MOREHEAD CITY — A local researcher is at the forefront of studying how wastewater can be used to detect and track the novel coronavirus, helping public health officials in North Carolina better understand COVID-19 and how it spreads throughout communities.
Dr. Rachel Noble is a researcher with the University of North Carolina at Chapel Hill’s Institute of Marine Sciences in Morehead City. As a molecular biologist with a particular focus on water quality, Dr. Noble is leading a team of researchers from multiple universities, with technical support from the N.C. Department of Environmental Quality, in tracking the novel coronavirus in wastewater systems across a range of municipalities in the state, including Beaufort, Newport, Morehead City and about 15 other locations.
“We’re doing work across the entire state of North Carolina, so a lot of different wastewater plants are represented in our work,” Dr. Noble told the News-Times.
The work is being funded through the N.C. Policy Collaboratory, which received a $29 million appropriation through the N.C. General Assembly in May to support research on treatment, community testing and prevention of COVID-19. Dr. Noble has received nearly $2 million to carry out the wastewater surveillance effort, and she will also be involved with a similar project the U.S. Centers for Disease Control and Prevention is kicking off this year.
Specifically, Dr. Noble and her team have been testing wastewaster for the presence of SARS-CoV-2, the novel strain of coronavirus that causes COVID-19. Using collection and distillation methods Dr. Noble said have been perfected over the past several months, researchers test the water samples for the presence of the virus, and the data is aggregated so it can be analyzed for larger trends, such as whether cases are rising or falling in a particular location.
“We’re still at the point where we’re looking at trends and patterns,” she said. “We can’t use clinical testing perfectly because it’s not perfect, and we can’t use the wastewater testing perfectly because it’s not perfect either, but when you start to put them together, we get a little more power and a little more insight into the community.”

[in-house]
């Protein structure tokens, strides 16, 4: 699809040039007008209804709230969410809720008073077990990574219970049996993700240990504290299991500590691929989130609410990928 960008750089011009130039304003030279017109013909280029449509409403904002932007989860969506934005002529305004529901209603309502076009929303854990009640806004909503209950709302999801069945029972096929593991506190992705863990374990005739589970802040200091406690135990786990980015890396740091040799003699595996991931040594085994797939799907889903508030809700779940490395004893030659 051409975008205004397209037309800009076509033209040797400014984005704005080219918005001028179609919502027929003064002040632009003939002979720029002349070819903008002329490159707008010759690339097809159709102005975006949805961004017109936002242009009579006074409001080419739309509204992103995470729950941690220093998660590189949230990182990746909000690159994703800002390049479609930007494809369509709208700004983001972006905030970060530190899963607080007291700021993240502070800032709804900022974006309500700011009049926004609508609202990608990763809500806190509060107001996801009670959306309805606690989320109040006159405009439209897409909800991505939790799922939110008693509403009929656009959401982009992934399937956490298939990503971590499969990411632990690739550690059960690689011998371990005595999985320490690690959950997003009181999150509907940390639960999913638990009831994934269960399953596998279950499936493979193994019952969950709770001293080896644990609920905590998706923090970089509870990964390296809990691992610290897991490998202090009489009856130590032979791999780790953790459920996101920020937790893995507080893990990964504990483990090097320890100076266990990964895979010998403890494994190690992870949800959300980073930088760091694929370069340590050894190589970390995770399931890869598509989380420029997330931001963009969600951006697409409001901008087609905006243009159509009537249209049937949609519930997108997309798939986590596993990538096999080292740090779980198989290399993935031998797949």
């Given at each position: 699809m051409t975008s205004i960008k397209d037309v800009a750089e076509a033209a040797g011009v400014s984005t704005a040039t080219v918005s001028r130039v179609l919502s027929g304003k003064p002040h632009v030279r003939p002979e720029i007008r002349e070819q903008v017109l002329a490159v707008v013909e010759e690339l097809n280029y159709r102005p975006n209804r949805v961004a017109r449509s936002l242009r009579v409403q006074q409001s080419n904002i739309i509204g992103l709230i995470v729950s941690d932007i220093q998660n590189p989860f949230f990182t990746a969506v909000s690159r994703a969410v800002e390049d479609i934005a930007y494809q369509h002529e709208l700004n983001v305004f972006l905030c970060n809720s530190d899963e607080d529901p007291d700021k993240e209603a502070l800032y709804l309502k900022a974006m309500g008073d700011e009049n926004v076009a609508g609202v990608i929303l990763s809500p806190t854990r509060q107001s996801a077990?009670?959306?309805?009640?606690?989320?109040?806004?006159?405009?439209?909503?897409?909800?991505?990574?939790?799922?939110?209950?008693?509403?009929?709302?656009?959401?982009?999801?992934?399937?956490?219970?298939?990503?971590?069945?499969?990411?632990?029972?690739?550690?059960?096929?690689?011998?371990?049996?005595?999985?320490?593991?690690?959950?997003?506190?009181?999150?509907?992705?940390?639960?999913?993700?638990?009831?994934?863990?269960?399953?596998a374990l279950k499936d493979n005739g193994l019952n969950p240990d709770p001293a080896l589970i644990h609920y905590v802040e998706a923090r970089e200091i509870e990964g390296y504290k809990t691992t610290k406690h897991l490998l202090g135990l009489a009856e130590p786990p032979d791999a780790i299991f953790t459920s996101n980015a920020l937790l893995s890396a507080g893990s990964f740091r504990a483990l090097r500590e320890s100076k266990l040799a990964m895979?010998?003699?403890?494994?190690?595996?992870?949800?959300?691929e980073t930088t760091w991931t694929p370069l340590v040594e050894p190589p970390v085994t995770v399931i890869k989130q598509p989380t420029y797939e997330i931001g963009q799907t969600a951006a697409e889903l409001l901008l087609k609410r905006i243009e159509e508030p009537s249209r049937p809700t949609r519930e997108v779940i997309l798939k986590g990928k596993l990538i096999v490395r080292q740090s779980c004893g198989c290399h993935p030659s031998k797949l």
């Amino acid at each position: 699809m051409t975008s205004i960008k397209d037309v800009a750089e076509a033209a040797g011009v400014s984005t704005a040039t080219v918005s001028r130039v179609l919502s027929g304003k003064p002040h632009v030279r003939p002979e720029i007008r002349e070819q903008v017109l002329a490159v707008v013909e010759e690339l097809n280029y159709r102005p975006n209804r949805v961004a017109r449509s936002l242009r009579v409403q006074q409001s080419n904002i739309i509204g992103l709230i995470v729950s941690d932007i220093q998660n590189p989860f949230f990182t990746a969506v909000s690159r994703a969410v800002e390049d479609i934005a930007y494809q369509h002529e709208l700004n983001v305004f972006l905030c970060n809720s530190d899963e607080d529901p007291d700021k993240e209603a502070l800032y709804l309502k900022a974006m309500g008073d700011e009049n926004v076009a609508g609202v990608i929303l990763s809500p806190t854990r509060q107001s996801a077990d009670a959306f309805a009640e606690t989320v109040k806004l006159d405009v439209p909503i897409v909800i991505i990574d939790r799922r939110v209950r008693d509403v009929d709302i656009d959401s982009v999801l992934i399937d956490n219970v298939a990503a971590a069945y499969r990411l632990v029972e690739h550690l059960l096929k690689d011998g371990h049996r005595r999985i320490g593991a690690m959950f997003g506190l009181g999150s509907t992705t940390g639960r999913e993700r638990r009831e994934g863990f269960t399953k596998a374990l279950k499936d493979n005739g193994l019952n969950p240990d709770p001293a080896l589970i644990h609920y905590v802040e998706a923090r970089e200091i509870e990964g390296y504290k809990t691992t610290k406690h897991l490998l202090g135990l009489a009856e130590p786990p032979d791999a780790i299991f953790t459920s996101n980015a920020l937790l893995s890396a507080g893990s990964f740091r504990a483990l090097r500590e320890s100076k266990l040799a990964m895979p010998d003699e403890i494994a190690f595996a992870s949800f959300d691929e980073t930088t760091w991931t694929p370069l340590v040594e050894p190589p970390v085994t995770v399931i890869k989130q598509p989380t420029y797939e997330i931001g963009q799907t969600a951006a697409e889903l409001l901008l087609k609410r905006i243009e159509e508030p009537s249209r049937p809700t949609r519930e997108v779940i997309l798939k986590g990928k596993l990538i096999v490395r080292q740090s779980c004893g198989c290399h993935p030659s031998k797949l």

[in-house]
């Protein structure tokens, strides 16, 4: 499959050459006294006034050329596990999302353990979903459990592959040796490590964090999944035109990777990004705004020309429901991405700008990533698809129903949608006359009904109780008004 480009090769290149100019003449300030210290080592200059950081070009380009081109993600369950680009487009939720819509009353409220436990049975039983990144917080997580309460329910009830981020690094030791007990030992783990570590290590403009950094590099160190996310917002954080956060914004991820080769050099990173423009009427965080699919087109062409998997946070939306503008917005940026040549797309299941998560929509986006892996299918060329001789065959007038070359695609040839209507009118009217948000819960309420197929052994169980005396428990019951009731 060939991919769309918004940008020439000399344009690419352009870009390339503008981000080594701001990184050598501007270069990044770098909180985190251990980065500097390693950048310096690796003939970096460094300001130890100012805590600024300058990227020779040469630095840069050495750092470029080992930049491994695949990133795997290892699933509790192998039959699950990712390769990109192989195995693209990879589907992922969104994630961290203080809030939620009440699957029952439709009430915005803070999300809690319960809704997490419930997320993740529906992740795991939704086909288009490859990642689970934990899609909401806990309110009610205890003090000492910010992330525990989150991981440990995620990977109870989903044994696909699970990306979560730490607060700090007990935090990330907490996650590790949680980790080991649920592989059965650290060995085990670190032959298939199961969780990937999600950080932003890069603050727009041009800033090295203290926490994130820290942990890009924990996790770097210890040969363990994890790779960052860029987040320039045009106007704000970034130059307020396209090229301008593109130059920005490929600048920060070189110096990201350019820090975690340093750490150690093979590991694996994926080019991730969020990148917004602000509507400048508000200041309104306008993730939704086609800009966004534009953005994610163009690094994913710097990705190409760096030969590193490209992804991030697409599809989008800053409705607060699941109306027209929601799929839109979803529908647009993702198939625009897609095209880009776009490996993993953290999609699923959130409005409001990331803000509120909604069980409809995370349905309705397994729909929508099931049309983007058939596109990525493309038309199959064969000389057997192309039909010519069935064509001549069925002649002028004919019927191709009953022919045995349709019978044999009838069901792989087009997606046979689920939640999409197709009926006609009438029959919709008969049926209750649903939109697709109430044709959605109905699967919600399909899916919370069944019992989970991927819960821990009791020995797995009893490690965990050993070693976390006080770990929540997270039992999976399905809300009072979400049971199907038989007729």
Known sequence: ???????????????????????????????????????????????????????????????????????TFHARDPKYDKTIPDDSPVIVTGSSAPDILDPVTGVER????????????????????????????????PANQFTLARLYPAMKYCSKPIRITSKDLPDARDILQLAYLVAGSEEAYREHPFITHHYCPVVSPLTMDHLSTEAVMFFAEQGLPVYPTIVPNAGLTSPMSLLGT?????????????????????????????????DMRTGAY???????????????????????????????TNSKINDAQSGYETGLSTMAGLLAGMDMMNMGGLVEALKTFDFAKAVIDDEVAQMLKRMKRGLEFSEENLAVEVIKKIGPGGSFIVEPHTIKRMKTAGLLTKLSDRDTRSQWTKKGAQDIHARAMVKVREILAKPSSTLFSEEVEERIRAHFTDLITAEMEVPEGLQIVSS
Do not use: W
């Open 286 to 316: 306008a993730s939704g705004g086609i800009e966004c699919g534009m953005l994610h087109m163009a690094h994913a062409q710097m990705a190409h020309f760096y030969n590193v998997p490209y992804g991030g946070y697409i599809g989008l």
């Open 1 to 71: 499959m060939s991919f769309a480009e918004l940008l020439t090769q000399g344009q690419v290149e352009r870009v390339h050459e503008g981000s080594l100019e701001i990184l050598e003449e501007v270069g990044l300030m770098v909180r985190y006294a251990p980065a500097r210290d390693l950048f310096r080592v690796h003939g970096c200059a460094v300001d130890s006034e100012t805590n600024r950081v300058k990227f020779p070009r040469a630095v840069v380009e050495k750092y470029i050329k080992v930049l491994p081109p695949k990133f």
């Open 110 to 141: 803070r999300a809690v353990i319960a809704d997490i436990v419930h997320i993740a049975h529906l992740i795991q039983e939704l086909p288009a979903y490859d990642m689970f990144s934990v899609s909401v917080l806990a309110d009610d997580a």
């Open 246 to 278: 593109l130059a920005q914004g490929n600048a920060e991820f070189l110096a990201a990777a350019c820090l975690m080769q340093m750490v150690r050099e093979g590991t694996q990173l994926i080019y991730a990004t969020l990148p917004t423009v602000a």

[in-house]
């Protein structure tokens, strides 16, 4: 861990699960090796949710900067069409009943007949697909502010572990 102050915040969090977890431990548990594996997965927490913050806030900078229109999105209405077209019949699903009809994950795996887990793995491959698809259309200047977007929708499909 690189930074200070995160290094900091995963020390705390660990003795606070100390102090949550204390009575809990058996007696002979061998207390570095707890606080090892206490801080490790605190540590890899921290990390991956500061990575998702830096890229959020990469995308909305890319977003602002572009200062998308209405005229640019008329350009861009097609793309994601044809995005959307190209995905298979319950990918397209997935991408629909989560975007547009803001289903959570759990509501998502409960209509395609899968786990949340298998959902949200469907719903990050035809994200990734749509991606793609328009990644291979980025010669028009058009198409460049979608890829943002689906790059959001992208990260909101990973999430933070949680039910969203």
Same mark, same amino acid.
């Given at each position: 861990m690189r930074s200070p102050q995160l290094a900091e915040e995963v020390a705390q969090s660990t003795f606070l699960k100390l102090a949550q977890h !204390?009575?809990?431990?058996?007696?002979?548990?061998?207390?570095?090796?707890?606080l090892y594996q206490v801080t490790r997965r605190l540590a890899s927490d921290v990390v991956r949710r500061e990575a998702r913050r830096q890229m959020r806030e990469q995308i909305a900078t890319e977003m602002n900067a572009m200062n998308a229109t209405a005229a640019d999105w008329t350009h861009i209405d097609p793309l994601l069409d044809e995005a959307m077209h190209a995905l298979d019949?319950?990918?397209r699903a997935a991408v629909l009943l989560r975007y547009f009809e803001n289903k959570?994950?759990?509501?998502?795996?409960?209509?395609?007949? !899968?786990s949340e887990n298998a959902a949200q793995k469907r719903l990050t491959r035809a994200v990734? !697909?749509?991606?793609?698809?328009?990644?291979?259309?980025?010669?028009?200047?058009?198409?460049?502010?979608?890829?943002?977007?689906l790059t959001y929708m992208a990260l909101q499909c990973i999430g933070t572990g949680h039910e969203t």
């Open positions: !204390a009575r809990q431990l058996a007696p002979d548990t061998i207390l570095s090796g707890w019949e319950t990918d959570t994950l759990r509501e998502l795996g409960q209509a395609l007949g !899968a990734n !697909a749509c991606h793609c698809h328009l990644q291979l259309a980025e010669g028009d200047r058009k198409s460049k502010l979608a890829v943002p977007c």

Through their research, Dr. Noble and others have discovered wastewater testing can detect SARS-CoV-2 before a person even knows they have COVID-19. Dr. Noble said people often shed the virus several days before they begin showing symptoms, leading to about a three- to five-day lag between when a person is actually infected and when the case is recorded through clinical testing means.
“It looks like there is a quality of the wastewater data that allows us to have a little bit of a crystal ball into what’s coming on the clinical side,” Dr. Noble said.
That knowledge can be used by health care officials, for example, to prepare for a potential surge of cases, among other practical uses, Dr. Noble said. The method can also detect asymptomatic cases and cases of those who do not seek testing, meaning it can present a more complete picture of the true prevalence of COVID-19 in a community than clinical testing alone.
On the other hand, Dr. Noble is hopeful as COVID-19 vaccinations begin to ramp up, the wastewater data will show a decline in the virus for the first time since the pandemic began last March.
“Hopefully, at some point, we’re going to see that those kinds of signals that we’re measuring in the wastewater are going to come down, and what we’re hoping is that those are going to be precursors, or a crystal ball once again, of the impact of the vaccine,” she said. “We haven’t seen that yet because not enough people are vaccinated, but at some point in the spring, I would really, really hope that we actually start to see declines in the concentrations because the vaccine is beginning to take hold in our communities.”
Contact Elise Clouser at email@example.com; by phone at 252-726-7081 ext. 229; or follow on Twitter @eliseccnt.